57. 57. Top-Down Planning<br />Commander’s <br />Intent<br />CCIRs<br />CBAE<br />Centers<br />of Gravity<br />Battlespace<br />Higher Commander’s Directives<br />Infostructure<br />Analysis<br />IKMP CYCLE<br />MCPP CYCLE<br />Mission Analysis<br />Infostructure<br />Development<br />Transition<br />COA Development <br />Concurrent<br />Concurrent<br />Transition<br />6 Step <br />Process<br />6 Step <br />Process<br />Infostructure<br />War Game<br />IKM Plan<br />Development<br />Orders Development<br />Scalable<br />Scalable<br />COA War Game<br />Infostructure<br />Decision<br />COA Comparison & Decision<br />
  58. 58. COA War Game<br />Allows the staff and subordinate commanders to gain a common understanding of friendly and possible enemy COAs (via a Red Cell)<br />Assists planners in identifying strengths, weaknesses, risks, and shortfalls for each friendly COA<br />Involves a detailed assessment of each COA as it pertains to the enemy and the battlespace<br />Helps identify branches and potential sequels<br />
  59. 59. COA War Game<br />Process:<br /><ul><li>Conduct COA War Game
  60. 60. Refine Estimates
  61. 61. Refine IPB products
  62. 62. Prepare COA War Game Brief</li></ul> Red Cell<br />Output:<br /><ul><li>War Gamed COA’s Graphic & Narrative
  63. 63. Information on Commander’s EvaluationCriteria
  64. 64. Branches and sequels</li></ul>Input:<br /><ul><li>Designated COAs for War Game
  65. 65. War Game Guidance
  66. 66. Evaluation Criteria</li></ul>IPB & Staff Estimates<br />
  67. 67. Infostructure War Game<br />As the tactical COAs are war gamed, the IMO evaluates each infostructure concept. During this evaluation, the IMO continually tests and “what ifs” the potential infostructure network in order to expose weaknesses. The IMO—<br />Compares the infostructure concept with the COA and evaluates whether it can effectively respond to friendly and enemy tactical events in the battlespace as they unfold.<br />Evaluates the infostructure concept with respect to equipment failure or degradation.<br />Identifies the strengths, weaknesses, risks, and shortfalls associated with the infostructure concept.<br />Refines the infostructure concept. <br />Identifies potential branches and sequels.<br />End state: Infostructure concepts are tested through war games and the infostructure concept is further refined.<br />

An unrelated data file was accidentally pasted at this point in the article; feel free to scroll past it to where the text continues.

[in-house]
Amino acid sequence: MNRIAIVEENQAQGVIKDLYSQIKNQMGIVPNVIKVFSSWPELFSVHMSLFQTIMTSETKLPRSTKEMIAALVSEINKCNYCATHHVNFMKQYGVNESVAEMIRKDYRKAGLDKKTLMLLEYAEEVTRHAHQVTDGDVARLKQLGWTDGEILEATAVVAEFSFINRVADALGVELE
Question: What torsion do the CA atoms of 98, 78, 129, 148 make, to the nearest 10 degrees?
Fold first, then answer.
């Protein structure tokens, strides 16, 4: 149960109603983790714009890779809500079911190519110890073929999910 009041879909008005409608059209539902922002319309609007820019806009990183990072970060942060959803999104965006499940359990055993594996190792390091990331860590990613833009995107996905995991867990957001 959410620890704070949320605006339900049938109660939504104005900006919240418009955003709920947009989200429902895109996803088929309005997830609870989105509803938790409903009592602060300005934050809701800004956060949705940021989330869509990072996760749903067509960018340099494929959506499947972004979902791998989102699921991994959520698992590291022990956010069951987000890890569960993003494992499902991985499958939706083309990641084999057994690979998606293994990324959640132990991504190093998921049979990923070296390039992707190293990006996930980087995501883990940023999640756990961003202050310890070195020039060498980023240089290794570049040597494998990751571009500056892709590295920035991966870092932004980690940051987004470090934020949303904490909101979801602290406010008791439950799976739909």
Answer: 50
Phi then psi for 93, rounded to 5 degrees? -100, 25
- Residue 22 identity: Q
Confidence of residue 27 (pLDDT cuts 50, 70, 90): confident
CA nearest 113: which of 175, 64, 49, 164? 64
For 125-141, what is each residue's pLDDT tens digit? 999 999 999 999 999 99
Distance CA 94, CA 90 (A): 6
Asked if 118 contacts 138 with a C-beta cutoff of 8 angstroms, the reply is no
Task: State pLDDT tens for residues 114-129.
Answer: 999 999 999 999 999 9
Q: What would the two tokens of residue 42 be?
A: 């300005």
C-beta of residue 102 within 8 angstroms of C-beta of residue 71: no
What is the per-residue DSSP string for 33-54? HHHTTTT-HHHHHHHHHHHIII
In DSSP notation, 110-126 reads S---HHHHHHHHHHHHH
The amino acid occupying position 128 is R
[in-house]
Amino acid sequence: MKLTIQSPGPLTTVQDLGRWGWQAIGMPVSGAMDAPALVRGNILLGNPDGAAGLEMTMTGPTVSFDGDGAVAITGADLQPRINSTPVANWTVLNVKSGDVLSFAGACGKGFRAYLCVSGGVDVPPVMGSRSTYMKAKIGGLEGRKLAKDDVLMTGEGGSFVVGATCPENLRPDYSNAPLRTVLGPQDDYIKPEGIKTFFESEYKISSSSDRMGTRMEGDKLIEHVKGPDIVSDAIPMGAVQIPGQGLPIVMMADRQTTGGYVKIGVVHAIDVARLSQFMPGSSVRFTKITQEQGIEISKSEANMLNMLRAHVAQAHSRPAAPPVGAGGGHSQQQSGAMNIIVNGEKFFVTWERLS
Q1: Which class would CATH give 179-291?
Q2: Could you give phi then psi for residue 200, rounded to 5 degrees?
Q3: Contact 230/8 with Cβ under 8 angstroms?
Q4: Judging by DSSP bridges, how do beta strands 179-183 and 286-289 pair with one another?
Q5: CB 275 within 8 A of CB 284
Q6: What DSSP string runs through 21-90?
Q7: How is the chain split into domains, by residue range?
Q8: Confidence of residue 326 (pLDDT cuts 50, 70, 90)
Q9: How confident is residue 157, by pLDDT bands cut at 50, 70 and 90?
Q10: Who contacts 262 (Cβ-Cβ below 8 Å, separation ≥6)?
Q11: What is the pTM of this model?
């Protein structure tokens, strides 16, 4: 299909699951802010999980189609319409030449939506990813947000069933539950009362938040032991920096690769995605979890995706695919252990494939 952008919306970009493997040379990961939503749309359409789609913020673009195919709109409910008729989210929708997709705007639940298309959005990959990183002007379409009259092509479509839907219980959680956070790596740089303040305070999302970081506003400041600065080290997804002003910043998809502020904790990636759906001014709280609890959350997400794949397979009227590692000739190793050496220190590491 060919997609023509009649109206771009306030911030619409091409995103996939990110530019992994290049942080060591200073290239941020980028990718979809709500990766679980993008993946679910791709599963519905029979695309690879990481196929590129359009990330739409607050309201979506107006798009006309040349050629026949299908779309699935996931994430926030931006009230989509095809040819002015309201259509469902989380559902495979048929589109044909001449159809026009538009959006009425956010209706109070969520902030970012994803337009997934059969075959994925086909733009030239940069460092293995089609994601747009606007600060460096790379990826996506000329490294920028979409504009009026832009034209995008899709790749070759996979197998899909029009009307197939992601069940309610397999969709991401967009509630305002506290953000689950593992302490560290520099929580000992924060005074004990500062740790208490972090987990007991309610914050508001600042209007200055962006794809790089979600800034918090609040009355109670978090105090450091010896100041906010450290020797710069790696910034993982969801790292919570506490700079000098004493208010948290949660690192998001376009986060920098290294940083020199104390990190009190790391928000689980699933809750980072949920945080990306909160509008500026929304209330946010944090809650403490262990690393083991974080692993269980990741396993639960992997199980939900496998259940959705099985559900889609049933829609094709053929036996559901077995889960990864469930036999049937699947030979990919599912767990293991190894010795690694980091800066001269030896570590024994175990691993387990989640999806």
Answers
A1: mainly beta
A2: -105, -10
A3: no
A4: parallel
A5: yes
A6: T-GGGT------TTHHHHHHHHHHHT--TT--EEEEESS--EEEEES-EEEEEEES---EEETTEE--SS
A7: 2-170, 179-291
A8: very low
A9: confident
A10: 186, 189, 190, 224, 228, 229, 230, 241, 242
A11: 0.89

68. 68. Infostructure Decision<br />
  69. 69. Top-Down Planning<br />Commander’s <br />Intent<br />CCIRs<br />CBAE<br />Centers<br />of Gravity<br />Battlespace<br />Higher Commander’s Directives<br />Infostructure<br />Analysis<br />IKMP CYCLE<br />MCPP CYCLE<br />Mission Analysis<br />Infostructure<br />Development<br />Transition<br />COA Development <br />Concurrent<br />Concurrent<br />Transition<br />6 Step <br />Process<br />6 Step <br />Process<br />Infostructure<br />War Game<br />IKM Plan<br />Development<br />Orders Development<br />Scalable<br />Scalable<br />COA War Game<br />Infostructure<br />Decision<br />COA Comparison & Decision<br />
  70. 70. COA Comparison & Decision<br />The Commander evaluates friendly COAs against his established Evaluation Criteria (i.e.):<br />Commander’s Intent / Guidance<br />Principles of War<br />Warfighting Functions<br />Speed<br />Asymmetric operations<br />Risk<br />COA Comparison provides the Commander with an understanding of the relative merit of each COA and aids the decision making process<br />Once all COAs have been evaluated and compared, the Commander selects a COA to become the basis of the CONOPs<br />
  71. 71. COA Comparison & Decision<br />Process:<br /><ul><li>Perform COA Evaluation
  72. 72. Perform COA Comparison
  73. 73. Commander’s Decision
  74. 74. Prepare CONOPs</li></ul>Output:<br /><ul><li>CONOPs
  75. 75. Warning Order</li></ul>Input:<br /><ul><li>War Gamed COAs graphic & narrative
  76. 76. Information on Commander’s Evaluation Criteria</li></ul>IPB & Staff Estimates<br />